Veteran outfielder Carlos Gomez is having a great year in Triple-A Syracuse and the New York Mets need to take advantage of his hot bat at the major league level.
Since making his major league debut for the New York Mets in 2007, outfielder Carlos Gomez spent the next 11 seasons playing for 5 different teams before returning to the organization during this year’s Spring Training.
For those who do not recall, Gomez signed a minor league deal with New York late in the spring and was assigned to the Triple-A Syracuse Mets after failing to make the big league club at the end of Spring Training.
Prior to this year, Gomez had signed a one year contract with the Tampa Bay Rays, where he batted .208 with a .298 OBP, slugging 9 home runs with 32 RBI in 118 games.
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While he is a former two-time All-Star, Gomez’s poor performance in 2018 lead many to believe that he was at the end of his career. However, he appears to think that he still has a few good years left, and has taken the opportunity the Mets gave him in the minors to prove he can perform at a high level.
To this point, Gomez has played in 28 games for the Syracuse Mets, over which he has batted .282 with a .327 OBP, hitting 4 home runs and 15 RBI. He has been particularly hot as of late. In his last 10 games, Gomez has hit .390 in 41 at-bats for Syracuse.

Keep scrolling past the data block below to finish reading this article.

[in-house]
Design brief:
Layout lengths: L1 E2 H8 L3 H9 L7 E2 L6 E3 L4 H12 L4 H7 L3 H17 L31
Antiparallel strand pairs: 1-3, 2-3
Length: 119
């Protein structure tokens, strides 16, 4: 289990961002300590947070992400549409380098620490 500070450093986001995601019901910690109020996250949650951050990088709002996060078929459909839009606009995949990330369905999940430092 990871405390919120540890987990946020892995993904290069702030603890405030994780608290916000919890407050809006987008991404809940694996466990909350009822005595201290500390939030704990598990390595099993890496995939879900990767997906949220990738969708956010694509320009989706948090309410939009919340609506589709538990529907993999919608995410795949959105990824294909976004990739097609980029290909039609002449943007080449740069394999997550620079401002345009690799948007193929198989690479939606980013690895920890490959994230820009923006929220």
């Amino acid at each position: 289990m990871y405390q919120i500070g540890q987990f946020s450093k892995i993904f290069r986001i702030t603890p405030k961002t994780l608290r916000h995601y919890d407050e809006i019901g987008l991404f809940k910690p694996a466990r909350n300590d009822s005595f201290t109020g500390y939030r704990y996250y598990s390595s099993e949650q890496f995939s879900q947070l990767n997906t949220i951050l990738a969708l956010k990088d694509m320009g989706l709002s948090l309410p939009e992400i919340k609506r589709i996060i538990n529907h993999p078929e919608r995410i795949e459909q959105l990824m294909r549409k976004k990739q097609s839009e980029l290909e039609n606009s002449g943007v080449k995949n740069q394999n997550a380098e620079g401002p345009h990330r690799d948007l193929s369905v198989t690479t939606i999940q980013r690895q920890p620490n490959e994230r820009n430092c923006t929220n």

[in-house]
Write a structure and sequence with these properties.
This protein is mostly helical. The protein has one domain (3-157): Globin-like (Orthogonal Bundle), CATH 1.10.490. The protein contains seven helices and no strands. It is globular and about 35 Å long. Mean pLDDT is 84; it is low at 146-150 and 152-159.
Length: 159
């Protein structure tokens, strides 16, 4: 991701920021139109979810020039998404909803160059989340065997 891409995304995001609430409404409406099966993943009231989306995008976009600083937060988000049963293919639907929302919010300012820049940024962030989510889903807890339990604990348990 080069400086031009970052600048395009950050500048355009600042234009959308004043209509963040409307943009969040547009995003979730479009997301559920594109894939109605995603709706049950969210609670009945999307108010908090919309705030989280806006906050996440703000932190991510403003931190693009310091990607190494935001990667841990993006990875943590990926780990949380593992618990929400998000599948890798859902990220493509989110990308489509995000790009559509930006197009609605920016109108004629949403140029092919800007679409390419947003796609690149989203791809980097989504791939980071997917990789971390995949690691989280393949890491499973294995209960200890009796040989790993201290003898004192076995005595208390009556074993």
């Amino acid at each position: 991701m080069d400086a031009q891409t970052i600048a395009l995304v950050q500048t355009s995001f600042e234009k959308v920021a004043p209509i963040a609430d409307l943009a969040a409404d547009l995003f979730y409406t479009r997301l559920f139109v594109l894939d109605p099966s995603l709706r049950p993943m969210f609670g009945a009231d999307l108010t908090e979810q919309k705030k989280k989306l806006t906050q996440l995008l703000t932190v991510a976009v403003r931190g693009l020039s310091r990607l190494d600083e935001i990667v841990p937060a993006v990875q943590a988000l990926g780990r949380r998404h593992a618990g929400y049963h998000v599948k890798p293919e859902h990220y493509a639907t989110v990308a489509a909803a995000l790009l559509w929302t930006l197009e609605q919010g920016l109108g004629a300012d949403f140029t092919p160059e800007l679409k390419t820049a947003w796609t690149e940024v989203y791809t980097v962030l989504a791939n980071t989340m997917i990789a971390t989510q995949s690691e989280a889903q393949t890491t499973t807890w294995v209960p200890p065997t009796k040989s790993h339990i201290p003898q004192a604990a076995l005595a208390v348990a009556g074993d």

While I am not suggesting that he will be the savior of the team if the Mets to call him up, he would add a capable right-handed bat to the bench, and an alternative outfielder to start against left-handed pitching.
With lefty outfielder Brandon Nimmo struggling to hit consistently to begin the year, it would make sense to platoon him with a right-handed hitter, but neither of the current options is performing well at the plate.
Lagares is arguably the best defensive player on the team, but is only batting .202 with a .282 OBP, and Broxton in a former member of the 20/20 club, with potential to be both a power and a speed player, but is hitting well under the Mendoza Line, with a .154 average and .224 OBP.
Calling up Gomez could potentially fix that problem if he were to continuing hitting well upon his return to the major leagues.
The only issue would be deciding who the odd man out would be between Lagares and Broxton. Lagares is a better defensive player than Broxton, currently has a higher batting average and does not have any minor league options, so he likely would remain with the big league club.
However, Broxton cannot simply be optioned down to Triple-A, as he must first clear waivers and then either accept the assignment or opt for free agency if the Mets chose to replace him on the Major League roster.
If the Mets were to do this, then they must assess the risk of losing Broxton all together if they were to gamble on Gomez rediscovering his old form.
Either way, the Mets currently sit at a record of 17-20, and if they hope to make the post-season this year, then they need to make some decisions about the underperforming players they have on the major league roster.
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What do you think Carlos Gomez can do for the New York Mets right now?